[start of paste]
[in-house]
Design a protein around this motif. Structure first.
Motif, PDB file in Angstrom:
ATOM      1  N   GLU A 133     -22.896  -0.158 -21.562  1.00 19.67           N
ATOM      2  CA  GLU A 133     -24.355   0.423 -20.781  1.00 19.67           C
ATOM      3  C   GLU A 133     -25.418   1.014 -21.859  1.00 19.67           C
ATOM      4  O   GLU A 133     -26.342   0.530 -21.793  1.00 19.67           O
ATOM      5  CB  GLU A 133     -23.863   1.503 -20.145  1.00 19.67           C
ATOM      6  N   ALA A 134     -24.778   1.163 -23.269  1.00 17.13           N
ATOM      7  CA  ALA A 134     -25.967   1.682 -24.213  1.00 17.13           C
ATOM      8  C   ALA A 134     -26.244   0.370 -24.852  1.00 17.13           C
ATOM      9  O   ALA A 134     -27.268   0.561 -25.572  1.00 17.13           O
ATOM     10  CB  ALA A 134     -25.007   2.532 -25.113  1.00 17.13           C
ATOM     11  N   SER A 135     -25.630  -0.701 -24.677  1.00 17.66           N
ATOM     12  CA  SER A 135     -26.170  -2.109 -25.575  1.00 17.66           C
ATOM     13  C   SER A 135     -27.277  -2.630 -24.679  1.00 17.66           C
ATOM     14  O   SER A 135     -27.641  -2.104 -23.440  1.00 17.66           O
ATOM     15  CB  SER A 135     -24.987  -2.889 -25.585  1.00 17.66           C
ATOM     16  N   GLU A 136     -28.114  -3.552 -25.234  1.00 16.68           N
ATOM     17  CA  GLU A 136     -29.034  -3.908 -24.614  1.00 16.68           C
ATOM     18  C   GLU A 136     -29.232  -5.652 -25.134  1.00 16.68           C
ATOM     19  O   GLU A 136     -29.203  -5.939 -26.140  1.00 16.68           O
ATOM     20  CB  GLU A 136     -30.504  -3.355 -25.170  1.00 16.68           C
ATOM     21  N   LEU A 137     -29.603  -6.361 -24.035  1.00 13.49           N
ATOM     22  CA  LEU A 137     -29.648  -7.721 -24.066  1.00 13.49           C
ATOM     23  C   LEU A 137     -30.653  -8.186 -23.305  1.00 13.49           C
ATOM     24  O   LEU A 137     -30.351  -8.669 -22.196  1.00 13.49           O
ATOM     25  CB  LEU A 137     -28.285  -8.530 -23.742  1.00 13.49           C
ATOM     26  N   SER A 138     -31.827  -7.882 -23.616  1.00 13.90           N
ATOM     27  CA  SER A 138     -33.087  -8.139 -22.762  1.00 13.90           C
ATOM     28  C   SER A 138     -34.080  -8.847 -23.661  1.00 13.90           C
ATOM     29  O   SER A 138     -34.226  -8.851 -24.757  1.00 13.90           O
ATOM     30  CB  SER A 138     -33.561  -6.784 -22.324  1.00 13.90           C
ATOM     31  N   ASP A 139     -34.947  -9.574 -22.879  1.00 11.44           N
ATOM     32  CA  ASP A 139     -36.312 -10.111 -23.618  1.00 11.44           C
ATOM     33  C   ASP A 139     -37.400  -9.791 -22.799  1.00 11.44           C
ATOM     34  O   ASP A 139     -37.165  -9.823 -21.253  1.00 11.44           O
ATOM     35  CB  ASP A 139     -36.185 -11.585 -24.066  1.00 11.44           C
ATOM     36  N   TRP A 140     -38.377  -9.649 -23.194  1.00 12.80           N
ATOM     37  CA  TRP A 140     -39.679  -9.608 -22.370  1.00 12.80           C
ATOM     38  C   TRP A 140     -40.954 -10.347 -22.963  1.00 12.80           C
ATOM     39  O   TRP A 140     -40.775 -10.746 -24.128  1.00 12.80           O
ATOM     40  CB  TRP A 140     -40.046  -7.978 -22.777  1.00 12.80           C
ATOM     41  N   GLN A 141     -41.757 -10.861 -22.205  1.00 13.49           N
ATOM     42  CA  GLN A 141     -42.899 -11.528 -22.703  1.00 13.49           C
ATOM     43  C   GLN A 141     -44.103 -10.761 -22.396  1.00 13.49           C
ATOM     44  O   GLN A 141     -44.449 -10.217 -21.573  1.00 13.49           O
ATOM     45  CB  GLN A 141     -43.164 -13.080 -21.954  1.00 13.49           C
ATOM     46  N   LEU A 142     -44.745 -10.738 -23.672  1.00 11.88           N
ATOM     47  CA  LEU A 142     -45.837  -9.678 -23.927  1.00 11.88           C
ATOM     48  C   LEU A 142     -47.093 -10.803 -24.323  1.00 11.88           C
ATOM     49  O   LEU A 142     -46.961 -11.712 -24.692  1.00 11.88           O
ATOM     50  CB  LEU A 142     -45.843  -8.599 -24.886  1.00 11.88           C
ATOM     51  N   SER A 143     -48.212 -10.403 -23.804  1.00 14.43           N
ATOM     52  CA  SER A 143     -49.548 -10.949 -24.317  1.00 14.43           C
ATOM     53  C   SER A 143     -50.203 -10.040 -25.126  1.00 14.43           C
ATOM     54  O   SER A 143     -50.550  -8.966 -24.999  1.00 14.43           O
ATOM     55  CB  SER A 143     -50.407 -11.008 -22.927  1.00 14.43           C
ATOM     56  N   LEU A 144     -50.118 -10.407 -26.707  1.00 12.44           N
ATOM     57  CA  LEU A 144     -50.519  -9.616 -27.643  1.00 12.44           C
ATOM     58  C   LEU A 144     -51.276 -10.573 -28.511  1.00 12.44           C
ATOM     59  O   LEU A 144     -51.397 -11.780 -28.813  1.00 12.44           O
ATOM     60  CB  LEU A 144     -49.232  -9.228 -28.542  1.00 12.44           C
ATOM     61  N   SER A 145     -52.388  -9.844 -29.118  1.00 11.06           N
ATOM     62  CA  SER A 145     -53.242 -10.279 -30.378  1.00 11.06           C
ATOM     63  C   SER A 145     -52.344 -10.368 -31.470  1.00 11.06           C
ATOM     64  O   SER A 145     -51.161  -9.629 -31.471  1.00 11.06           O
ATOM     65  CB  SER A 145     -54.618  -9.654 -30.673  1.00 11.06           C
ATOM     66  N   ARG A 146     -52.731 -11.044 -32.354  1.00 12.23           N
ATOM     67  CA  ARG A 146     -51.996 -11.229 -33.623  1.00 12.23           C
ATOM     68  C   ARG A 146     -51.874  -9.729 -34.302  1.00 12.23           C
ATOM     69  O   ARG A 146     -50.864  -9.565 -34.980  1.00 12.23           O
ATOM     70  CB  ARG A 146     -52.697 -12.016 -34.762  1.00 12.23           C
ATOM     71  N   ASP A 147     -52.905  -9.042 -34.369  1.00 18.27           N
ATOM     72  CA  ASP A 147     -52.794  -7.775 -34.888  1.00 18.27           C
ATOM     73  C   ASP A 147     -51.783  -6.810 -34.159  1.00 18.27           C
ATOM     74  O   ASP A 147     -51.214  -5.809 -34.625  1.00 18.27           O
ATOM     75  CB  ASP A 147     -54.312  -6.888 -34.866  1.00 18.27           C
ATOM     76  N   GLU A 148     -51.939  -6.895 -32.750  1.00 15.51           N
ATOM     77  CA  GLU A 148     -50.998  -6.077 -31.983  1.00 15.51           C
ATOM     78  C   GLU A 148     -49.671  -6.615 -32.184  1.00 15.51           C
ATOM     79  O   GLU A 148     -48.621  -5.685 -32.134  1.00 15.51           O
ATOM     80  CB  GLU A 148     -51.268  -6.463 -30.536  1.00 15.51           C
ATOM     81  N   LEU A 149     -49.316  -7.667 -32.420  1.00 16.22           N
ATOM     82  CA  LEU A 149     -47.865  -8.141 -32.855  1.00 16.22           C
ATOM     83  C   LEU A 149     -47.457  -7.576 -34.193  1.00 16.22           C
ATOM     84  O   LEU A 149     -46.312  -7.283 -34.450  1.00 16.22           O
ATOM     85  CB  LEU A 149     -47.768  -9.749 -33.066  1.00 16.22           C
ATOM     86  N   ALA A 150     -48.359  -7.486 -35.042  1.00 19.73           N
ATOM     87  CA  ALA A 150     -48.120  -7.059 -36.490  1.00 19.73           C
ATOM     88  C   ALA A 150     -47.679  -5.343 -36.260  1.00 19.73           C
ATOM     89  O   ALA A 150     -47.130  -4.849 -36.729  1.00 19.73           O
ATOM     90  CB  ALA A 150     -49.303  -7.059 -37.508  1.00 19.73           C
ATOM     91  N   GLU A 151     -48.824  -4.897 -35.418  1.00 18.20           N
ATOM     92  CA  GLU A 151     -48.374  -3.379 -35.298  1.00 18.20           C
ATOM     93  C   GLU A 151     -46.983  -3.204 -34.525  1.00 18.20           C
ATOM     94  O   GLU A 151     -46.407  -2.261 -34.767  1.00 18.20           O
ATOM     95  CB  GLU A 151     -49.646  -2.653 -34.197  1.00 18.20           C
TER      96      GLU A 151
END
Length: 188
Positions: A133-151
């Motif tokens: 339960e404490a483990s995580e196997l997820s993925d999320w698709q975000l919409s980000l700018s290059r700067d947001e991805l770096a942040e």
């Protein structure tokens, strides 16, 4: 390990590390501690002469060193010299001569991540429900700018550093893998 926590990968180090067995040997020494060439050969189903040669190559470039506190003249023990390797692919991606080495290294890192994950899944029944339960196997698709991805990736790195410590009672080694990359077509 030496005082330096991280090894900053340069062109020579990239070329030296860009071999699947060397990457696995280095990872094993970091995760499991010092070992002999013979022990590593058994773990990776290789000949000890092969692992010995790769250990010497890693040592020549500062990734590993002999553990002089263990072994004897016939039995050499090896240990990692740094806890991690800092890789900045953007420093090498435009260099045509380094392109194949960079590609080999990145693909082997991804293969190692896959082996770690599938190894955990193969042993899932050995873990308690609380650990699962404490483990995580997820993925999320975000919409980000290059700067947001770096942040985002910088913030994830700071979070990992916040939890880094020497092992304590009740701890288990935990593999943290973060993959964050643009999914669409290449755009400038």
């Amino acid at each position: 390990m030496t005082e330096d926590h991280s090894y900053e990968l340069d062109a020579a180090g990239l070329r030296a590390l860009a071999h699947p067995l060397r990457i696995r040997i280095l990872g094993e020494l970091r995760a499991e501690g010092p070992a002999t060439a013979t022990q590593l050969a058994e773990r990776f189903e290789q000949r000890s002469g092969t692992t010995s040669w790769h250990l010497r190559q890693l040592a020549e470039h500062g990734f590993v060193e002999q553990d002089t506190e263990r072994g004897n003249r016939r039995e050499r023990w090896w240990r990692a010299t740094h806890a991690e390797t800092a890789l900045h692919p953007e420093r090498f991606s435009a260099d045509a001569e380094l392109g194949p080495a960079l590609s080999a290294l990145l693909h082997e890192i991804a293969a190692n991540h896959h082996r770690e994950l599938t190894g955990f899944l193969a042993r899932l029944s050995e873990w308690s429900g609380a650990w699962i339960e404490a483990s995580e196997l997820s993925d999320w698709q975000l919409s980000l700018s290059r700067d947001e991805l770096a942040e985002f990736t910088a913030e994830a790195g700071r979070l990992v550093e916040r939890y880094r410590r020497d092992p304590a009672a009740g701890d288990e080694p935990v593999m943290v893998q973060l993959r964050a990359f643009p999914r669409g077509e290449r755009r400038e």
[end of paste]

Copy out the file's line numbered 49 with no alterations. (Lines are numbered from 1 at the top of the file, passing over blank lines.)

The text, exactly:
ATOM     46  N   LEU A 142     -44.745 -10.738 -23.672  1.00 11.88           N